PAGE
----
Yippee Pi Day! And a Happy B-Day to Our Favorite Genius!

It’s been a mighty fine two weeks for the mental_floss store as we’ve celebrated the Life of Pi with Pi Products of the Day and daily Slice of Pi tidbits from the very exciting and fulfilling life of this mathematical constant.

Here is What We've Learned:

That a talented, pun-loving artist named Kate Gabrielle can turn a Dean Martin croon into a mathemagical Floss-Exclusive tote.

That it’s easy to wear your love of pi in close proximity to your sleeve with handmade pi cuff bracelets.

That folks continue to enjoy a good ole edible pi—in both pizza and actual pie varieties.

That, while we may remember that, like pi, the need to shower is a constant, we may need to be reminded that so is the need to attractively display cheese.

That the aforementioned pun-loving artist also managed to turn “Life of Pi” into a sweet vision of a life filled with infinite happiness—what’s more, you can adorn either your wall (Floss-Exclusive Life of Pi Print) or yourself (Floss-Exclusive Life of Pi Tee) with it!

And Let's Not Forget The Birthday Boy!

We’ve added new Einsteinery to our already-respectable collection of super geniussy stuff in honor of our fave super genius.

You can wear Einstein socks (even though the man himself preferred not to wear socks at all). You can cuddle with Einstein. Or you can sport a presumably-Einstein-approved bow tie and spin under your new DJ pseudonym, MC Squared.

So, with many lessons learned, we bid you Yippee Pi Day, Mental Flossers!

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College Board Wants to Erase Thousands of Years From AP World History, and Teachers Aren't Happy
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One would be forgiven for thinking that the Ides of March are upon us, because Julius Caesar is being taken out once again—this time from the Advanced Placement World History exam. The College Board in charge of the AP program is planning to remove the Roman leader, and every other historical figure who lived and died prior to 1450, from high school students’ tests, The New York Times reports.

The nonprofit board recently announced that it would revise the test, beginning in 2019, to make it more manageable for teachers and students alike. The current exam covers over 10,000 years of world history, and according to the board, “no other AP course requires such an expanse of content to be covered over a single school year.”

As an alternative, the board suggested that schools offer two separate year-long courses to cover the entirety of world history, including a Pre-AP World History and Geography class focusing on the Ancient Period (before 600 BCE) up through the Postclassical Period (ending around 1450). However, as Politico points out, a pre-course for which the College Board would charge a fee "isn’t likely to be picked up by cash-strapped public schools," and high school students wouldn't be as inclined to take the pre-AP course since there would be no exam or college credit for it.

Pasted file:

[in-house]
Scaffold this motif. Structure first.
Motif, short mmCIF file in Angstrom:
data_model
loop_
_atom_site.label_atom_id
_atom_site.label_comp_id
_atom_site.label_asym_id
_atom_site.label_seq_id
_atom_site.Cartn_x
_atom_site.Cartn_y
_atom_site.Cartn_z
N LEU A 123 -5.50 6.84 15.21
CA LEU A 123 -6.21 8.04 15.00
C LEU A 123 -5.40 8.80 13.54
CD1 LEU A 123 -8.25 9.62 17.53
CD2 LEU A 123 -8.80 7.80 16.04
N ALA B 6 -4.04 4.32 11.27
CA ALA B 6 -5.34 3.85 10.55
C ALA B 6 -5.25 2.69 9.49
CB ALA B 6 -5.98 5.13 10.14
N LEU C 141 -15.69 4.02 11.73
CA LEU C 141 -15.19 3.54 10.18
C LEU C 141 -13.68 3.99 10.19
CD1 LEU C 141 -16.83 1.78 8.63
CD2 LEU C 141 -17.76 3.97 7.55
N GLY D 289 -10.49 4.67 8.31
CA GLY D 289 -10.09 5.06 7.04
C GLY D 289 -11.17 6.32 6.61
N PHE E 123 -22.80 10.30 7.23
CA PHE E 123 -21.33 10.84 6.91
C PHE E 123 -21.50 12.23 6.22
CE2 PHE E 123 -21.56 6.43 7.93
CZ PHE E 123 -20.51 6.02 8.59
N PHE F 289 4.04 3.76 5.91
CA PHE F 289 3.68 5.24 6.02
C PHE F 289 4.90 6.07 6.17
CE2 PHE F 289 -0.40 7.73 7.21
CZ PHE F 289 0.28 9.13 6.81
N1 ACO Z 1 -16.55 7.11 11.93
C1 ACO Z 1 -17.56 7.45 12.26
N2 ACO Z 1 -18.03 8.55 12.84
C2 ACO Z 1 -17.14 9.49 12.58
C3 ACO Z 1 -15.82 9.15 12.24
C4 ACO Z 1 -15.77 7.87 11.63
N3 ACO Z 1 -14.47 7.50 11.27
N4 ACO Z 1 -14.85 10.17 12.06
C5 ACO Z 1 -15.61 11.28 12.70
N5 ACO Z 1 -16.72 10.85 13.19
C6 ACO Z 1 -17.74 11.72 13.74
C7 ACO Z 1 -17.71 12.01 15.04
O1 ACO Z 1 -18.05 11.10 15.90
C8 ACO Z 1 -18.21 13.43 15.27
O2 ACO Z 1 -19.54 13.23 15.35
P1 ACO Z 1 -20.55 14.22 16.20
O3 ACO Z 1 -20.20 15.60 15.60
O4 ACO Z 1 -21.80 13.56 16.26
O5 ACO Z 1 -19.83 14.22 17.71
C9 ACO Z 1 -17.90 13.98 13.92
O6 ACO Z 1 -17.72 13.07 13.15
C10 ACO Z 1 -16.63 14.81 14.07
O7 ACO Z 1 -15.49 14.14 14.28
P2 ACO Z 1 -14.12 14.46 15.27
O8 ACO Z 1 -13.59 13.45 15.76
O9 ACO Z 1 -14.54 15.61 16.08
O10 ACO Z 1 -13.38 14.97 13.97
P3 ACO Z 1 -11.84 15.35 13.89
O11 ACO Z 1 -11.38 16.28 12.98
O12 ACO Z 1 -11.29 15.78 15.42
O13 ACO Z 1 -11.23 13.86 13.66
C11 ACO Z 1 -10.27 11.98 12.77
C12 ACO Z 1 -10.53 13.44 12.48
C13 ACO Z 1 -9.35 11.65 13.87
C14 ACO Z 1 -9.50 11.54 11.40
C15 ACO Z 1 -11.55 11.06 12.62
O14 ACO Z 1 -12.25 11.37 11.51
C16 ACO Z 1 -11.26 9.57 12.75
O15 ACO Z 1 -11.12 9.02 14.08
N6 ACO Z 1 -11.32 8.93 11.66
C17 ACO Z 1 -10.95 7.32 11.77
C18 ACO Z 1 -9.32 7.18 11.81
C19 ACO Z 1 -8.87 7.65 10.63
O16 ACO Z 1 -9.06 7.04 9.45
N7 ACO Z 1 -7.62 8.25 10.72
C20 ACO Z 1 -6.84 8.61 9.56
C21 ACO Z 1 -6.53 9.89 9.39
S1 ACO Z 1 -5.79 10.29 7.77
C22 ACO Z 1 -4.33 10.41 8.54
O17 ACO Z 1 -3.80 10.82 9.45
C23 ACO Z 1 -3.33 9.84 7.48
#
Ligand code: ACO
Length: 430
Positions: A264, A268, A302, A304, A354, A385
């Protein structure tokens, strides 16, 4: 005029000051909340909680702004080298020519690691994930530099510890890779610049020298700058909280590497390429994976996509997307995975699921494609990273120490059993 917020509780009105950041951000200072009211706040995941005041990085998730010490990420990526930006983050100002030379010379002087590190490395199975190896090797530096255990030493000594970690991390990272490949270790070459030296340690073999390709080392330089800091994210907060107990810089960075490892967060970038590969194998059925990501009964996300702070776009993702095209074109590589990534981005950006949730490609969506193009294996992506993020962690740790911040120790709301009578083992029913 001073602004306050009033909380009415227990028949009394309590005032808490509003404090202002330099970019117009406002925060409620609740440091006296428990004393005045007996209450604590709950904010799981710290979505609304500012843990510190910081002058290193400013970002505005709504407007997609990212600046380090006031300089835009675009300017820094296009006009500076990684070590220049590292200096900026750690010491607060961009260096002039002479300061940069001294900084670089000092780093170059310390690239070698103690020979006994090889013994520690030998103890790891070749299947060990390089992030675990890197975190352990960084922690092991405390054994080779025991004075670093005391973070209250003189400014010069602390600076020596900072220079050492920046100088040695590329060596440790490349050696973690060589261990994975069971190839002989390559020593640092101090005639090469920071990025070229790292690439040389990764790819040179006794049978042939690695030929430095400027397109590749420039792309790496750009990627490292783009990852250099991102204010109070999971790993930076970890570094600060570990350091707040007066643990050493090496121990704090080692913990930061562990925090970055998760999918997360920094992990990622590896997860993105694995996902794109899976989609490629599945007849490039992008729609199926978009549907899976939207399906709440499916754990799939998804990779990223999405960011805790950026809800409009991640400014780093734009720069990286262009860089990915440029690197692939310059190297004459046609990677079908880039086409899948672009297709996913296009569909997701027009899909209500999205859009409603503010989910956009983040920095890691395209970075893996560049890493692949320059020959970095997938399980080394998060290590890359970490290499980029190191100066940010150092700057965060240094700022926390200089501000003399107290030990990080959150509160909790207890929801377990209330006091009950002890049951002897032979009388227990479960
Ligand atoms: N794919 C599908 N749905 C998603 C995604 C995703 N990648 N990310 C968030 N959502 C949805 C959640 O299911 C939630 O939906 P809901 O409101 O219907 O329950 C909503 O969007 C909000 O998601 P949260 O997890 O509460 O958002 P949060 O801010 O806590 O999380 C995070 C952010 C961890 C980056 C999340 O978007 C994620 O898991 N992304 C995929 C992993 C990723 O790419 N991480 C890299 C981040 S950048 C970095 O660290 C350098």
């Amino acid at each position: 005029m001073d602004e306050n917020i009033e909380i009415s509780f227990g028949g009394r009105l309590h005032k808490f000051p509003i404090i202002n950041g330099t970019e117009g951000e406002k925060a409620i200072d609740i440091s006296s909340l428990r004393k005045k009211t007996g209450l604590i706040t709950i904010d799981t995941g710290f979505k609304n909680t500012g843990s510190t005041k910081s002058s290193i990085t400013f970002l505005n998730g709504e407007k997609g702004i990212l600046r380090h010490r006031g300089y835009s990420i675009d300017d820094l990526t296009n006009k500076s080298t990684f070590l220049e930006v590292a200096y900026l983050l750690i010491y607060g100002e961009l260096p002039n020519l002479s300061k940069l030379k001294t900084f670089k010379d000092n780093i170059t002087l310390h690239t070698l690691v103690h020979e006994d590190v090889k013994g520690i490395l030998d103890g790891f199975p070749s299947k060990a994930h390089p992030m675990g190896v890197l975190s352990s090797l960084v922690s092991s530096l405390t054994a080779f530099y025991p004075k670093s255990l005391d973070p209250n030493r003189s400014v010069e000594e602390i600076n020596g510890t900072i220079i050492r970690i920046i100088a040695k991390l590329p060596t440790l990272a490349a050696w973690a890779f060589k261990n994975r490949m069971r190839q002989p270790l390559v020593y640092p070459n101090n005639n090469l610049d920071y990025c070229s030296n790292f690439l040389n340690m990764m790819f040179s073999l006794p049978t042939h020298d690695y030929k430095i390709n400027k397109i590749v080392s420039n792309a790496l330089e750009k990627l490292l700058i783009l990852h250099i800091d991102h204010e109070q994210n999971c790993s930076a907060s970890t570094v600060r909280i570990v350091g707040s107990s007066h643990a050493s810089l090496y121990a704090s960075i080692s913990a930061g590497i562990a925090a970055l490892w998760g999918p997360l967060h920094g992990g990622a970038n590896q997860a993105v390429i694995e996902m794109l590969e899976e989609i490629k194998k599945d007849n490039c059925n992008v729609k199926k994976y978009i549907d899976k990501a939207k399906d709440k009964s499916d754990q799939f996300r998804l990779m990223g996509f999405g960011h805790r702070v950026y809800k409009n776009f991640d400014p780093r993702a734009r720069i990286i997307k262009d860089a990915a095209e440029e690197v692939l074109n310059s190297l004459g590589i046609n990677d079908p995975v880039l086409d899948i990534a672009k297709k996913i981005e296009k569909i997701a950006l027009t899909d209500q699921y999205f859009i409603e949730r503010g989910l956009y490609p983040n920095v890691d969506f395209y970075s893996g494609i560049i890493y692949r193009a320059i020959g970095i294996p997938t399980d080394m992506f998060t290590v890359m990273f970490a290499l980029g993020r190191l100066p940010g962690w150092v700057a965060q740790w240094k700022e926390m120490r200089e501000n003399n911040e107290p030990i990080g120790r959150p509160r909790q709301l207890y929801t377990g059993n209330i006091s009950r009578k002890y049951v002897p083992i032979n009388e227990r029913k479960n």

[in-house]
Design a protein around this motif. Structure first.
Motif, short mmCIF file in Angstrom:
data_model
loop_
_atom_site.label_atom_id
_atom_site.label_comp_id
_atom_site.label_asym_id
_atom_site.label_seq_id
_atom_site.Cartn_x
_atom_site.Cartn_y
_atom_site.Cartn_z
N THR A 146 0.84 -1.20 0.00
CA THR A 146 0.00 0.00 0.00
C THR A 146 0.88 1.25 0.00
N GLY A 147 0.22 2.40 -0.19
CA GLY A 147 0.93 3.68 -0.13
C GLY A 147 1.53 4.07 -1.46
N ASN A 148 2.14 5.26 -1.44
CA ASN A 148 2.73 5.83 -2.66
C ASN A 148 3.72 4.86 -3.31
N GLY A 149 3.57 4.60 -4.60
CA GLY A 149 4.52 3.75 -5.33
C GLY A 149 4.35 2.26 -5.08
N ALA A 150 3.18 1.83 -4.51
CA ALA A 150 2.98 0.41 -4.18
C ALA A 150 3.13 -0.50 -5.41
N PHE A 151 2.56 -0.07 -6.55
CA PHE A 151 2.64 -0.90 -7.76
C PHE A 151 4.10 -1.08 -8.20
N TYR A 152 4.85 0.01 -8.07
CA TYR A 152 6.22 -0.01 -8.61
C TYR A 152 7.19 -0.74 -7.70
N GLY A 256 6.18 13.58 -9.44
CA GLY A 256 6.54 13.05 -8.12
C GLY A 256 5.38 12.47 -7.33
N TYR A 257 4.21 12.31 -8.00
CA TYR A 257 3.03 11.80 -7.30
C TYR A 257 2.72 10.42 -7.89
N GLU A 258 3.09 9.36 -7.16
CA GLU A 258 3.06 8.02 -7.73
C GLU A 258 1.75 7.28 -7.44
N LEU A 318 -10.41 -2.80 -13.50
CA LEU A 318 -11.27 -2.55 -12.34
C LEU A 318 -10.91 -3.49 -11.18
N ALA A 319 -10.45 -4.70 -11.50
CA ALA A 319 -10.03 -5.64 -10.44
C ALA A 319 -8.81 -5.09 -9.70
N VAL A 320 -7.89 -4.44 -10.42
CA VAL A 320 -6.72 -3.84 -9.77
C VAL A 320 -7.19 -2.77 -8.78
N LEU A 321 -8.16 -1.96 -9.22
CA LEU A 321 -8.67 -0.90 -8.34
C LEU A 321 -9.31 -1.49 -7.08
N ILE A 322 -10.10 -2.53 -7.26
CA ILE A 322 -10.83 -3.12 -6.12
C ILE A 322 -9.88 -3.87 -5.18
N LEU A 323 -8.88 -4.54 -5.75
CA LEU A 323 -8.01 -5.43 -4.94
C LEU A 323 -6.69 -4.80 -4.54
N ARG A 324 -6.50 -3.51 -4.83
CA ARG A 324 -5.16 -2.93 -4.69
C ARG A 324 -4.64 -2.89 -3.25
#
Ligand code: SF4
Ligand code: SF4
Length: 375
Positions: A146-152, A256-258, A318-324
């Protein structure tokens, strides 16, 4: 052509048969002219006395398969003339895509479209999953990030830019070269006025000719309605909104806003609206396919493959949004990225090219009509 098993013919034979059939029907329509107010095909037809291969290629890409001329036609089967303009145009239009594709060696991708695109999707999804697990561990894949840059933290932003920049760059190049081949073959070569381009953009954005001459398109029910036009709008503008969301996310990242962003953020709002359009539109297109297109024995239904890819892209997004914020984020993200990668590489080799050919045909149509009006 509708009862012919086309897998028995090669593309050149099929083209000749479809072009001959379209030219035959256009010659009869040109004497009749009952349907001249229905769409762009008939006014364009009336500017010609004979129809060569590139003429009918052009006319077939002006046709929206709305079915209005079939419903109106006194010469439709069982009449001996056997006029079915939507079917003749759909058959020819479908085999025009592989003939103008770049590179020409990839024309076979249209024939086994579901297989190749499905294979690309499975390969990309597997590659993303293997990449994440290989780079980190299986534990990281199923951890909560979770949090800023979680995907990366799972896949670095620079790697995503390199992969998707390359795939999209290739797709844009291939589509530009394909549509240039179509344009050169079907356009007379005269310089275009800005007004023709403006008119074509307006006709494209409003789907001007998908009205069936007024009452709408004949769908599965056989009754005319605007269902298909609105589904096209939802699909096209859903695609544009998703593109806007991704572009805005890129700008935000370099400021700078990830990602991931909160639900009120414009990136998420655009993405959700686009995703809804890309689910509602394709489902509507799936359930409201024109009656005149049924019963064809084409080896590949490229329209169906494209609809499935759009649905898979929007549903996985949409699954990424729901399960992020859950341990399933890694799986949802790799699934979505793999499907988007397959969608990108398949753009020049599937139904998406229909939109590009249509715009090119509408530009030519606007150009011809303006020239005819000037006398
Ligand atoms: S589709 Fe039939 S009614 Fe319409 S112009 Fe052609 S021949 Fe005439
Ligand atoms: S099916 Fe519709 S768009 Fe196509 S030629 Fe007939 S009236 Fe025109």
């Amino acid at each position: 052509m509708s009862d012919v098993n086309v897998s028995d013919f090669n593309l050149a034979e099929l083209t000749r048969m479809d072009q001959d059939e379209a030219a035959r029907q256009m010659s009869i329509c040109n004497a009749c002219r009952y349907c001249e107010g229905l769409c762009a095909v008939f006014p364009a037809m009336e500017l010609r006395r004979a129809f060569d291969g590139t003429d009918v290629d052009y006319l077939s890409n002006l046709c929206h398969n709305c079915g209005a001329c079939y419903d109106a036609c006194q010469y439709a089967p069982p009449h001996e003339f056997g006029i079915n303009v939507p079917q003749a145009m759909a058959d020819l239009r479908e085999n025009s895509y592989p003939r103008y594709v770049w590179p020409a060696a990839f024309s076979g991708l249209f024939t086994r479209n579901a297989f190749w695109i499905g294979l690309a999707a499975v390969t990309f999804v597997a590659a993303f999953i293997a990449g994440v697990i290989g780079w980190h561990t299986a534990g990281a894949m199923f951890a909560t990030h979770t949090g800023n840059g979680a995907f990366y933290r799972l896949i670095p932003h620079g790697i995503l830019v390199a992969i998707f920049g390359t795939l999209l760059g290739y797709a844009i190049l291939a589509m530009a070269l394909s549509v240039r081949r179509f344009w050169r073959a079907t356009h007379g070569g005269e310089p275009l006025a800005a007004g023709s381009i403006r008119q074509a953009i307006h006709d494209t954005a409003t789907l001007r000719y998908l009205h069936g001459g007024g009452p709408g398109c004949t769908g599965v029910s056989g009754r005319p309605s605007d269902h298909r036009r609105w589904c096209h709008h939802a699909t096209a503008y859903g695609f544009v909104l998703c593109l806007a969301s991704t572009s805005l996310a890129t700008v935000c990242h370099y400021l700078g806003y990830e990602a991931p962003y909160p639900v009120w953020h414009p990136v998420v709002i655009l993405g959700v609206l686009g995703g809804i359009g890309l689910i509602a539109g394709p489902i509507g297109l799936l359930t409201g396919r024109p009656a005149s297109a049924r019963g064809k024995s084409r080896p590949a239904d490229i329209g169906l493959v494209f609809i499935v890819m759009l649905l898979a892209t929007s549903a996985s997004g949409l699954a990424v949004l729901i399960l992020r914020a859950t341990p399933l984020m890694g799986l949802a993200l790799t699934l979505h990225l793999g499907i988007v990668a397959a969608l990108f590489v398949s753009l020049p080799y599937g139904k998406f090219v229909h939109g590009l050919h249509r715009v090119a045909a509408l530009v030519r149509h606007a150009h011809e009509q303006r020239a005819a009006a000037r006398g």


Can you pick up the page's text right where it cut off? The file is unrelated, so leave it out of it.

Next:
Many teachers and historians are pushing back against the proposed changes and asking the board to leave the course untouched. Much of the controversy surrounds the 1450 start date and the fact that no pre-colonial history would be tested.

“They couldn’t have picked a more Eurocentric date,” Merry E. Wiesner-Hanks, who previously helped develop AP History exams and courses, told The New York Times. “If you start in 1450, the first thing you’ll talk about in terms of Africa is the slave trade. The first thing you’ll talk about in terms of the Americas is people dying from smallpox and other things. It’s not a start date that encourages looking at the agency and creativity of people outside Europe.”

A group of teachers who attended an AP open forum in Salt Lake City also protested the changes. One Michigan educator, Tyler George, told Politico, “Students need to understand that there was a beautiful, vast, and engaging world before Europeans ‘discovered’ it.”

The board is now reportedly reconsidering its decision and may push the start date of the course back some several hundred years. Their decision will be announced in July.

[h/t The New York Times]

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North America: East or West Coast?
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